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Interdisciplinary Perspectives on Offshore Energy System Integration in the North Sea: A Systematic Literature Review


To facilitate the rapid and large-scale developments of offshore wind energy, scholars, policymakers and infrastructure developers must start considering its integration into the larger onshore energy system. Such offshore system integration is defined as the coordinated approach to planning and operation of energy generation, transport and storage in the offshore energy system, across multiple energy carriers and sectors. This article conducts a systematic literature review to identify infrastructure components of offshore energy system integration (including alternative cable connections, offshore energy storage, and power-to-hydrogen applications) and barriers to their development. An interdisciplinary perspective is provided where current offshore developments require not only mature and economically feasible technologies, but equally strong legal and governance frameworks. The findings demonstrate that current literature lacks a holistic perspective on the offshore energy system. To date, techno-economic assessments solving challenges of specific infrastructure components prevail over an integrated approach. Nevertheless, permitting issues, gaps in legal frameworks, strict safety and environmental regulations, and spatial competition also emerge as important barriers. Overall, this literature review emphasizes the necessity of aligning various disciplines to provide a fundamental approach for the development of an integrated offshore energy system. More specifically, timely policy and legal developments are key to incentivize technical development and enable economic feasibility of novel components of offshore system integration. Accordingly, to maximize real-world application and policy learning, future research will benefit from an interdisciplinary perspective.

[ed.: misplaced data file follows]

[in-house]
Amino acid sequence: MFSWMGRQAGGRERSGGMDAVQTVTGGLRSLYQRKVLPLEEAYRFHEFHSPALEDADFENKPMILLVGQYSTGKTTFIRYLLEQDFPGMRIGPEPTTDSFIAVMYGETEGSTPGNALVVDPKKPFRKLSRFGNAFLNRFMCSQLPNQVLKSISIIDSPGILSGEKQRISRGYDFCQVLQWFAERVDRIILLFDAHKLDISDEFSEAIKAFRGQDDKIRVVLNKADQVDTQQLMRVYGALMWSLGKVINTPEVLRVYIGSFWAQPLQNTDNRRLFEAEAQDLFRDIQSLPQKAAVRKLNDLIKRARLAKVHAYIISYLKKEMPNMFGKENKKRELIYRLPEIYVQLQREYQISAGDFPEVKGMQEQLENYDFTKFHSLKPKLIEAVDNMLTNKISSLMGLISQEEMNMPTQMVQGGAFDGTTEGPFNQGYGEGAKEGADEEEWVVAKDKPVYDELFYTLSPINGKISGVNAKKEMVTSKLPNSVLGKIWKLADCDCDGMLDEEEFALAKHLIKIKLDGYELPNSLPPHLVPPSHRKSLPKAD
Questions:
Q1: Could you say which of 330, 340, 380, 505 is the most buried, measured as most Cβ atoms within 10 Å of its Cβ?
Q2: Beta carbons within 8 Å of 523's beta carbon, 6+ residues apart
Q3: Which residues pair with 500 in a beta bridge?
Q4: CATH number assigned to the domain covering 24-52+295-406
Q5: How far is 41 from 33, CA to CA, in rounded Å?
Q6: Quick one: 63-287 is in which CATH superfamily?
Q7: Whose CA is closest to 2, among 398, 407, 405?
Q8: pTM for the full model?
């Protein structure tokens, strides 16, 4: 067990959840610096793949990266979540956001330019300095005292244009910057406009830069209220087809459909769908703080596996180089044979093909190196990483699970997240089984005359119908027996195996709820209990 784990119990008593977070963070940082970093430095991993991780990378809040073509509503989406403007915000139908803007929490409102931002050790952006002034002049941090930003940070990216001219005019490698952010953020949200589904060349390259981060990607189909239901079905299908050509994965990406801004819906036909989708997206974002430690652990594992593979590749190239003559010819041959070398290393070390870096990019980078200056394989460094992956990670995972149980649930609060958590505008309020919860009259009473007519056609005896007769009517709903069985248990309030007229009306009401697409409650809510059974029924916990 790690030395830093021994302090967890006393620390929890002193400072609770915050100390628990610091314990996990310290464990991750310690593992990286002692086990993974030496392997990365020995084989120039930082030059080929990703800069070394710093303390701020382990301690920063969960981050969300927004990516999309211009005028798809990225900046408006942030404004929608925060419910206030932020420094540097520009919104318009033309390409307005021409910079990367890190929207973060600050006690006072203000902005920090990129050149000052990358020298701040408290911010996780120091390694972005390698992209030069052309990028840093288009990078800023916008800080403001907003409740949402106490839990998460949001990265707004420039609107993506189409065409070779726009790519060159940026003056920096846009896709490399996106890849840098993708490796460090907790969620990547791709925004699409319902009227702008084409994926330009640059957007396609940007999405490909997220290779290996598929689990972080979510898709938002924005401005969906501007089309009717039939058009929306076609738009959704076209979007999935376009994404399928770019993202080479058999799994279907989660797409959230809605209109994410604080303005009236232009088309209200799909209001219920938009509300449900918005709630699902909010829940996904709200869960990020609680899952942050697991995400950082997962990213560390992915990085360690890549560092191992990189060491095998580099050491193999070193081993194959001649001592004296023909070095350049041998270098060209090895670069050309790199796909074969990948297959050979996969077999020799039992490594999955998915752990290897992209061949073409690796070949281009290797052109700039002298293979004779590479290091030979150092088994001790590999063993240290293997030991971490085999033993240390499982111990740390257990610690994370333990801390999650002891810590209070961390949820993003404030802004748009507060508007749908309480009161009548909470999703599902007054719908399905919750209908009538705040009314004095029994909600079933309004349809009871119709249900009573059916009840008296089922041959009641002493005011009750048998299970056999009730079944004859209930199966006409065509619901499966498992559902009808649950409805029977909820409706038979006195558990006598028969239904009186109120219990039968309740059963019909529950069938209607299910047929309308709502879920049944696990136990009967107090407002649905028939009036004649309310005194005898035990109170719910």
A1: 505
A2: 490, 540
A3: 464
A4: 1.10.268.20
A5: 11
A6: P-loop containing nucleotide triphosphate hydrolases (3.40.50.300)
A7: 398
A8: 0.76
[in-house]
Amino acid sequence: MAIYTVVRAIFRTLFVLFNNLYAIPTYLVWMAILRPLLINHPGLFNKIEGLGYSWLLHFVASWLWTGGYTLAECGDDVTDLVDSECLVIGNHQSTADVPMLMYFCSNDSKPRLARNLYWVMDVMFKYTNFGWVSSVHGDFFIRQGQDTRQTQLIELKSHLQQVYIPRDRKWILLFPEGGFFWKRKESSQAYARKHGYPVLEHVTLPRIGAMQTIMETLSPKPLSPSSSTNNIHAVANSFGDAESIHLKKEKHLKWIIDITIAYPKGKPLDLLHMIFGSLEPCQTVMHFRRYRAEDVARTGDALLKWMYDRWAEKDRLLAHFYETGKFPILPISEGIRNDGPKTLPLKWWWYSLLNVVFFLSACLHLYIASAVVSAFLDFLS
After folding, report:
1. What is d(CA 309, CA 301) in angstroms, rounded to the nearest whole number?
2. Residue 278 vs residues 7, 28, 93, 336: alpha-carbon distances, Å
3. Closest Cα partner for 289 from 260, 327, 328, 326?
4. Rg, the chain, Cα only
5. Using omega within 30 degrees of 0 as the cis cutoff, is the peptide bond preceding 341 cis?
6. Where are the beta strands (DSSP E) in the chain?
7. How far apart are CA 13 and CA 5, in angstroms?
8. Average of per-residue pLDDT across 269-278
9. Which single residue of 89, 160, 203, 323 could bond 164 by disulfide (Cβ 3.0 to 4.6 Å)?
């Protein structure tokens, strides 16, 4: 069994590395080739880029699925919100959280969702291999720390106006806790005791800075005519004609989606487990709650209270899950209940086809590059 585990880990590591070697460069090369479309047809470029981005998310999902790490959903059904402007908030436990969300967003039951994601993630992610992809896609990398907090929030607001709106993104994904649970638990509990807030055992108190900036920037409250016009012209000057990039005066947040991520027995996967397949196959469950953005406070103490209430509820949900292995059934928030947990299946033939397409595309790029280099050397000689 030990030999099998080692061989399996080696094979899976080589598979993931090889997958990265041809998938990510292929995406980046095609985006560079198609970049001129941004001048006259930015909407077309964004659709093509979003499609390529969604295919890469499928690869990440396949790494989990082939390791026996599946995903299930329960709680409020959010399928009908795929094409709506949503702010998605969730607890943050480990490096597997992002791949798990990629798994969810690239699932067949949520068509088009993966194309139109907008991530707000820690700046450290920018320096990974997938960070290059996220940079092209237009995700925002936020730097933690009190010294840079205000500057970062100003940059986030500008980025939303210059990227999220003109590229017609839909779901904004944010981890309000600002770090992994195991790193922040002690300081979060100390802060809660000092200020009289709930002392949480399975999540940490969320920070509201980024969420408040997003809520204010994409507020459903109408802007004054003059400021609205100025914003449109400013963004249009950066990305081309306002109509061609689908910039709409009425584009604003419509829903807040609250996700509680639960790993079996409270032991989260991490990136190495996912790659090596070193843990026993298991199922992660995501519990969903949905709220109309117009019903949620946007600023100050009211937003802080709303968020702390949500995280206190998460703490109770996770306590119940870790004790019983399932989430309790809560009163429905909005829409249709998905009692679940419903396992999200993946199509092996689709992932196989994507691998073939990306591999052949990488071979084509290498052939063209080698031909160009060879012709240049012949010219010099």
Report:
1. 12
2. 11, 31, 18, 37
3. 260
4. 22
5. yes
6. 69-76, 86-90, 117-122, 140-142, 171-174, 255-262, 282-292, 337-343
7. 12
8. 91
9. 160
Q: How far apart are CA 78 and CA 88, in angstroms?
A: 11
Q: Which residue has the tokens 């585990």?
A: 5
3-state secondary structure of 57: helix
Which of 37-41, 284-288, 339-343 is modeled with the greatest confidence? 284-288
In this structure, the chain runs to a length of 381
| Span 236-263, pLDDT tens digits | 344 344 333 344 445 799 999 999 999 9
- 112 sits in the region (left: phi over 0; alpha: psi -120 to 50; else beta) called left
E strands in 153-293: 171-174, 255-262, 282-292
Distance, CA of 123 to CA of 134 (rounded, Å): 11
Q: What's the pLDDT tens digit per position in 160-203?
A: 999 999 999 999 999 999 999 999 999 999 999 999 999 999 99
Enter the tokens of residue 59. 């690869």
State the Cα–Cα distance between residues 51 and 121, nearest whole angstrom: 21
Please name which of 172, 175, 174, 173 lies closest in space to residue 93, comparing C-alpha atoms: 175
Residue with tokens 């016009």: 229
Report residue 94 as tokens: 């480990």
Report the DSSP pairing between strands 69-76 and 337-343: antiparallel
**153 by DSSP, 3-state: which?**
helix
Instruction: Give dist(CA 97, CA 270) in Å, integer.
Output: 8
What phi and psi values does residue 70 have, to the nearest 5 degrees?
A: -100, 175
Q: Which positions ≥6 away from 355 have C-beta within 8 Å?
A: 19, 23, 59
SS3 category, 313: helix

Funding source: This work was supported by DOSTA with project number (WIND.2019.002) of the NWO research programme PhD@Sea that is (partly) financed by the Dutch Research Council (NWO).
Related subjects: Applications & Pathways
Countries: Netherlands

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